A number of shortcuts are available to save time when using the Active Flight Plan Page. These shortcuts speed the process of removing approaches, departures, and arrivals, and aid in selecting a specific flight plan leg for navigation guidance. On the preceding page, options to remove approaches, departures, and arrivals were introduced. This process may also be completed using the CLR Key, as follows: To remove an approach, departure, or arrival using the CLR Key: 1) With the Active Flight Plan Page displayed, press the small right knob to activate the cursor. Turn the large right knob to highlight the title for the approach (Figure 5-33), departure, or arrival to be deleted. Titles appear in light blue directly above the procedures waypoints.
Press the CLR Key to display a confirmation window (Figure 5-34).
Figure 5-34 Remove Approach Window
With Yes? highlighted, press the ENT Key to remove the selected procedure.
This same process may also be used to remove individual waypoints from the active flight plan. To remove a waypoint using the CLR Key: 1) With the Active Flight Plan Page displayed, press the small right knob to activate the cursor. Turn the large right knob to highlight the identifier for the waypoint to be deleted. Identifiers appear in green text. Press the CLR Key to display a confirmation window (Figure 5-35).
Figure 5-33 Highlight Item To Be Deleted
Figure 5-35 Remove Waypoint Window
Upon reaching the desired altitude (5000), press the OBS Key to return to automatic leg sequencing. Confirm that SUSP no longer appears directly above the OBS Key. An alert (NEXT DTK 126) appears, providing guidance to the inbound course (Figure 6-67) The actual desired track (DTK) depends on ground speed and distance from PMD VOR. Intercept and fly the inbound course.
Figure 6-67 Waypoint Alert
6) When approaching PMD VOR (the missed approach holding point), an alert message in the lower right-hand corner of the screen recommends the holding pattern entry procedure (HOLD PARALLEL). When flying the holding pattern, a timer appears on the Default NAV Page. The timer automatically resets on each outbound and inbound portion of the holding pattern. Note that the GNS 430 again displays SUSP above the OBS Key. Automatic waypoint sequencing is suspended at the missed approach holding point. A waypoint alert (APPRCHING WPT) appears in the lower right corner of the screen each time the aircraft approaches PMD VOR in the holding pattern. When leaving the holding pattern, press the PROC Key to reactivate the approach, or select a different approach, or press the Direct-to Key to select another destination. Course from fix to manual sequence legs appear on the Active Flight Plan Page and the Map Page with man seq in place of a waypoint identifier. An example of this type of course leg appears in the COASTAL ONE DEPARTURE from Westfield, Massachusetts (Barnes Muni). The example leg corresponds to the departure leg from Barnes Municipal and appears (as in Figure 6-68) on the Active Flight Plan Page and the Default NAV Page:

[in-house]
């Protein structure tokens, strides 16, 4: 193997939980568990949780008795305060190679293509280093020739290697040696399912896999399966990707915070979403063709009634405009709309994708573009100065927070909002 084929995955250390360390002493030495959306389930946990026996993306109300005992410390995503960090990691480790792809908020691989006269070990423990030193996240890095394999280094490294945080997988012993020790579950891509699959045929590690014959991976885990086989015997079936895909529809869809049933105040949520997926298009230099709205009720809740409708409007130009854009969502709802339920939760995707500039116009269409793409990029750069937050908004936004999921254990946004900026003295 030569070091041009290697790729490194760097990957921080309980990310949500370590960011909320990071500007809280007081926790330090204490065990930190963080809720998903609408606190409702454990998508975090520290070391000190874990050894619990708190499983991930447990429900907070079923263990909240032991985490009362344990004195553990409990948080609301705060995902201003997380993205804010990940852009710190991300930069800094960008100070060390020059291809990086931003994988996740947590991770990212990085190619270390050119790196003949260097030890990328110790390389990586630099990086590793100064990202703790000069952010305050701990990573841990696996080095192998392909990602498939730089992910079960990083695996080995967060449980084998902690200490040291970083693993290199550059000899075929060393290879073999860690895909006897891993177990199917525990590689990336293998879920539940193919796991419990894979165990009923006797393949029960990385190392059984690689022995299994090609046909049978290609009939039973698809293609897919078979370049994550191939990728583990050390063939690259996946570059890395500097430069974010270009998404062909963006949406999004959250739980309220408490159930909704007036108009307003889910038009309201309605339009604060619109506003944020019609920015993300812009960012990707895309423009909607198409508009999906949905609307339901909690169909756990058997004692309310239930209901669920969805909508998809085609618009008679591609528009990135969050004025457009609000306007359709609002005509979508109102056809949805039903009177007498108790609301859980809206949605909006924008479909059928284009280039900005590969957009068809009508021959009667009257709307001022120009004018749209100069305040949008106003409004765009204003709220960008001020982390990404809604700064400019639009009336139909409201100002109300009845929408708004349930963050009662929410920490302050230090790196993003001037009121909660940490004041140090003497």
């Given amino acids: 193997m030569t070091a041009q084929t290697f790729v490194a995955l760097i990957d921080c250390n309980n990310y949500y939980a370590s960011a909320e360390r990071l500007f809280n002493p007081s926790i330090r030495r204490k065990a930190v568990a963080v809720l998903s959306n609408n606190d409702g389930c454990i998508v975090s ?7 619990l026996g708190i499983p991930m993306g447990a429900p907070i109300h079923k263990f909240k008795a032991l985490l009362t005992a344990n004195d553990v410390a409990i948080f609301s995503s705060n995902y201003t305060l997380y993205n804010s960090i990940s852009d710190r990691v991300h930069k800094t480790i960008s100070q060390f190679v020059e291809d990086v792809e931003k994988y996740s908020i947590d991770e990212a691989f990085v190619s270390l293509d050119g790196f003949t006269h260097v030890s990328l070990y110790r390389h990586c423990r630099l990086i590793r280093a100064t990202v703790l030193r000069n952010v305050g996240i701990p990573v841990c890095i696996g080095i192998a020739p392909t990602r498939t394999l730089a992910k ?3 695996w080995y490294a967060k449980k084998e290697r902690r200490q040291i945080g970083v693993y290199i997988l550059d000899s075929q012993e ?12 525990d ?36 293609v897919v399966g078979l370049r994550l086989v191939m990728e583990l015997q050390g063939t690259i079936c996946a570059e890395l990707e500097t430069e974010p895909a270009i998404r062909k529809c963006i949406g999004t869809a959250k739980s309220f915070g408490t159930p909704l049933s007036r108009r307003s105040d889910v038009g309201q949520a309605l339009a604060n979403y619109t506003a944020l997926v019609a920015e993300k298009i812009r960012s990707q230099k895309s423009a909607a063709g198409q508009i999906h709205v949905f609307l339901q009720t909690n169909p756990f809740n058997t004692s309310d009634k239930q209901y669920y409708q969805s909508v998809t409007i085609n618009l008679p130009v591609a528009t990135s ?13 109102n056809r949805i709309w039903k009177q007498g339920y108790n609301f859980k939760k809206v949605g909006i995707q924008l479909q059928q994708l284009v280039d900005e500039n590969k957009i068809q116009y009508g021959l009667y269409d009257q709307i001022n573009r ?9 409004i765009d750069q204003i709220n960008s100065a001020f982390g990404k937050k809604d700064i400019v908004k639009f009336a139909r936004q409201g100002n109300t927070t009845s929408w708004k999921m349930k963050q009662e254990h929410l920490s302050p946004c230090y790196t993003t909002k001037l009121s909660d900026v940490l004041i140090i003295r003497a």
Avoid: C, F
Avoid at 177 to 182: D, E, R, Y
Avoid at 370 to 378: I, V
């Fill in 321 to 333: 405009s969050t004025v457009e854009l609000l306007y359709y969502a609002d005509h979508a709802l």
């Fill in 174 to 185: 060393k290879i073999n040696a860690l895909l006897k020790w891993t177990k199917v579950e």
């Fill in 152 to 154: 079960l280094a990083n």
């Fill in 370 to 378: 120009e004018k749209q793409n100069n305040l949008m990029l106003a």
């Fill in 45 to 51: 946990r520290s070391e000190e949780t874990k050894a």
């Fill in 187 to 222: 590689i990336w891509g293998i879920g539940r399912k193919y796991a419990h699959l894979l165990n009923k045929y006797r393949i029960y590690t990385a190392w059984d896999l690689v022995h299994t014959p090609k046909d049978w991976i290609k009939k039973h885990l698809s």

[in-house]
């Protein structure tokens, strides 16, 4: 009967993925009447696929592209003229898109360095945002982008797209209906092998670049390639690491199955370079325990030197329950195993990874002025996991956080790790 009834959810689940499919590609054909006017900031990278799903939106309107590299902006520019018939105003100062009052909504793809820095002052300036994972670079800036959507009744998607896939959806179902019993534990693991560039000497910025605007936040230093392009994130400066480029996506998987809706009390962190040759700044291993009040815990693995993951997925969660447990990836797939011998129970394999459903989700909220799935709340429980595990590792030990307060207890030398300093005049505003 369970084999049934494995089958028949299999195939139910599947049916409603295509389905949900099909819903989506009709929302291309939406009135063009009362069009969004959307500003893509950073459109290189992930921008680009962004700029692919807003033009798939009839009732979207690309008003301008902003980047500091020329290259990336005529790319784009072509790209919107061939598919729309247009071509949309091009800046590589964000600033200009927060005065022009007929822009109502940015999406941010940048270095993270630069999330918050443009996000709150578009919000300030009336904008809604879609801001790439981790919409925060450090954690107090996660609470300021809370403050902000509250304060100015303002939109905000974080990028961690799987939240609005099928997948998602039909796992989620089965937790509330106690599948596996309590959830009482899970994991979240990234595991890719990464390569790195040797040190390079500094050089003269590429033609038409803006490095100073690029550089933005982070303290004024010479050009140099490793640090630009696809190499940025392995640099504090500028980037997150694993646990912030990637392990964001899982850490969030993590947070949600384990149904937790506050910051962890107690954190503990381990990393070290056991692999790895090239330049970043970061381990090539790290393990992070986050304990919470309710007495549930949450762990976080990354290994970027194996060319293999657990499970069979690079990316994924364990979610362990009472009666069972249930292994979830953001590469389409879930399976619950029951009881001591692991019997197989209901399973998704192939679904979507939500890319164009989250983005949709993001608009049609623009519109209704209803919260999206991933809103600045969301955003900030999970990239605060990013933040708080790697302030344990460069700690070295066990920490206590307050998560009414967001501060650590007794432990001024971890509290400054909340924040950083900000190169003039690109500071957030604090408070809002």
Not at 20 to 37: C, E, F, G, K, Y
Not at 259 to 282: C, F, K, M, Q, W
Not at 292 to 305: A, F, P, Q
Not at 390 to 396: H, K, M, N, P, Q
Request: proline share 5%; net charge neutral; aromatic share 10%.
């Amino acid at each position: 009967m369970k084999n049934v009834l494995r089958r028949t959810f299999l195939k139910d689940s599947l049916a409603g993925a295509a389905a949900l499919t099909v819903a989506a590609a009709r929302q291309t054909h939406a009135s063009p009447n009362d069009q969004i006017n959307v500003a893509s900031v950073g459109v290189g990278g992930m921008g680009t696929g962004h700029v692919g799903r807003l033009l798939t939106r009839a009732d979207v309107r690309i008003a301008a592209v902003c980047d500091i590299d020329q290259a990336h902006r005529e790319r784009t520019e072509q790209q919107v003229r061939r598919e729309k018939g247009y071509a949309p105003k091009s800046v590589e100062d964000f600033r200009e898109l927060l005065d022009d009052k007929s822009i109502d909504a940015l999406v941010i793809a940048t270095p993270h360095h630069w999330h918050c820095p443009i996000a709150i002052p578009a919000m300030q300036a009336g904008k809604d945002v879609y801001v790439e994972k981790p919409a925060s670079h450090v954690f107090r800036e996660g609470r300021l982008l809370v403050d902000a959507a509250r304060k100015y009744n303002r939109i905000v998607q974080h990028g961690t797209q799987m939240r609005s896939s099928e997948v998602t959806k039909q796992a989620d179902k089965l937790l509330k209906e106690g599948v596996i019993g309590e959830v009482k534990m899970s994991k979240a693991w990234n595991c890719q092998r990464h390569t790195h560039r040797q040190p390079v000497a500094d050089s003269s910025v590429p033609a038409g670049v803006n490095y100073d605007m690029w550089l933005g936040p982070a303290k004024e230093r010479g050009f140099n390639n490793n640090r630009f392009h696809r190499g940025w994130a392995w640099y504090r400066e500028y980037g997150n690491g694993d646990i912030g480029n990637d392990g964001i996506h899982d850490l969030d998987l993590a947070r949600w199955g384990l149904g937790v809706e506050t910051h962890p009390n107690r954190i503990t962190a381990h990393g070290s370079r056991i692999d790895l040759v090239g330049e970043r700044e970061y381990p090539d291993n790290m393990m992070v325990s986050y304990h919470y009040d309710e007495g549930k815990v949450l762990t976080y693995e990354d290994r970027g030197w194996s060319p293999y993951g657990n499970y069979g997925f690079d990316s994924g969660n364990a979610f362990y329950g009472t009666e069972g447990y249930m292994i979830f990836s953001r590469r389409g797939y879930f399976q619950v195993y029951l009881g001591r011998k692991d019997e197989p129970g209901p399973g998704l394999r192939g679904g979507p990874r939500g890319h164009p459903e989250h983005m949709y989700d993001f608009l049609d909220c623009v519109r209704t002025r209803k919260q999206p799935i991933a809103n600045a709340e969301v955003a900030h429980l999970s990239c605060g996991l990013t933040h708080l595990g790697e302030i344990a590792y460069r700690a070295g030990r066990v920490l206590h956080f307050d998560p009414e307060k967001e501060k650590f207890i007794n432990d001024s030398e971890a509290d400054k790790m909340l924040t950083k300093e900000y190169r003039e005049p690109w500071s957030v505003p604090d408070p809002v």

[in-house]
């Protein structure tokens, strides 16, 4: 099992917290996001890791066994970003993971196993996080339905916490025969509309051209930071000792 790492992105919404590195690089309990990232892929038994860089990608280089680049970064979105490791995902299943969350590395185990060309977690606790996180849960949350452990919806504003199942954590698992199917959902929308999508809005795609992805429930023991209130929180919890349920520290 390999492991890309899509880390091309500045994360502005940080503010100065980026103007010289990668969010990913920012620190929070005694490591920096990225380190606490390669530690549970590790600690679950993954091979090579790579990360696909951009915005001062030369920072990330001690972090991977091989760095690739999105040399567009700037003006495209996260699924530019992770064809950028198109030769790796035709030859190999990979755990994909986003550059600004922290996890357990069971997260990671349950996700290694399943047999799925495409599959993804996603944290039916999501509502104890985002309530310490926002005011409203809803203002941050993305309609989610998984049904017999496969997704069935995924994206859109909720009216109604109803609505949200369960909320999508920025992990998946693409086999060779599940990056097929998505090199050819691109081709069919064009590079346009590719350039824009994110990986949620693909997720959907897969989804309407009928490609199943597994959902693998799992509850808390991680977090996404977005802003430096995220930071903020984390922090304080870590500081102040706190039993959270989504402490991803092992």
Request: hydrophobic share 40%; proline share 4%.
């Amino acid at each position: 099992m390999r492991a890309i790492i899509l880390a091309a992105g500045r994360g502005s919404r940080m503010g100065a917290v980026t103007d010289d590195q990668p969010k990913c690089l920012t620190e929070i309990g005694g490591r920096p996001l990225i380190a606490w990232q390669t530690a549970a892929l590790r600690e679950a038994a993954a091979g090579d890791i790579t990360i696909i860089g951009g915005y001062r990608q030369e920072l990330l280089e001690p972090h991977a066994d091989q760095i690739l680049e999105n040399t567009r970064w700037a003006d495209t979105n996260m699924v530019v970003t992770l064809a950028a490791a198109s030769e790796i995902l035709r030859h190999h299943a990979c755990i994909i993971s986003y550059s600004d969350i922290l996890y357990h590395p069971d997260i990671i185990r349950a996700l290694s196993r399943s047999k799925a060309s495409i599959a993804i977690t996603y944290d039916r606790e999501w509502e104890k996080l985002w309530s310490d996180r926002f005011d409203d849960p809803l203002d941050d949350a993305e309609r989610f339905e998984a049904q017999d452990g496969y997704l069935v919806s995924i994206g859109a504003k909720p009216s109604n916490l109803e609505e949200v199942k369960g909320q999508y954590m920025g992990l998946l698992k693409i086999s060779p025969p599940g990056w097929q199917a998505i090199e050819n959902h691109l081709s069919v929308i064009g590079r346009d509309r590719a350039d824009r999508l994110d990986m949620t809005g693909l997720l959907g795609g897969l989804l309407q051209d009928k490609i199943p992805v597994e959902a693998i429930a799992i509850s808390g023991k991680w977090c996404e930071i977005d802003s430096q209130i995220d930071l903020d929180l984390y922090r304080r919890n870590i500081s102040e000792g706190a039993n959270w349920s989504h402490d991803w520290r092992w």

COASTAL ONE DEPARTURE (CSTL1.CCC)
DEPARTING BARNES MUNI,
Fly assigned heading and altitude for radar vectors to HFD VOR. Expect clearance to requested flight level 10 minutes after departure. From over HFD VOR, proceed via the HFD R-143 to Thumb Int, then via the HTO R-010 to Yoder Int, then via the CCC R-057 to CCC VOR. Then via transition or assigned route.
Figure 6-68 Coastal One Departure
Refer to Figure 6-68 for the following steps. 1) Select the departure (CSTL1) from the Procedures Page, then select the departure runway, (RW02 in this example, see Figure 6-69) and transition (GEDIC). Refer to Section 6.1 for instructions on selecting departures. 3) Fly the outbound course. When cleared to sequence to the next leg, press the OBS Key. Confirm that SUSP no longer appears directly above the OBS Key. An alert (NEXT DTK 186) appears in the lower right corner of the screen (Figure 6-71) to provide guidance to the next waypoint (HFD VOR). The actual desired track (DTK) depends on ground speed and distance from HFD VOR.
Figure 6-69 Runway Window
When departing the airfield, NEXT DTK 026 appears in the lower right corner of the screen and SUSP appears directly above the OBS Key, which indicates the aircraft is now on the course-from-fix-to-manual-sequence leg. The distance displayed on the Active Flight Plan Page, the Default NAV Page (Figure 6-70), and the Map Page is FROM the waypoint fix (the departure runway in this example).
Figure 6-82 ILS Approach Course
Refer to Figure 6-82 for the following steps. 8) Initiate the procedure turn. The GNS 430 does not provide guidance through the turn. (The procedure turn is displayed on the Map Page and indicated as the active leg on the Default NAV Page and the Active Flight Plan Page.) After approximately one minute, make a turn to intercept the ILS. The GNS 430 sequences to the inbound leg and NEXT DTK 210 (Figure 6-83) appears in the lower right corner of the screen. CDI coupling automatically switches from the GPS receiver to the VLOC receiver as the pilot completes the inbound turn. (If the ILS frequency has not been activated, per step 4, this automatic CDI switching does not occur.)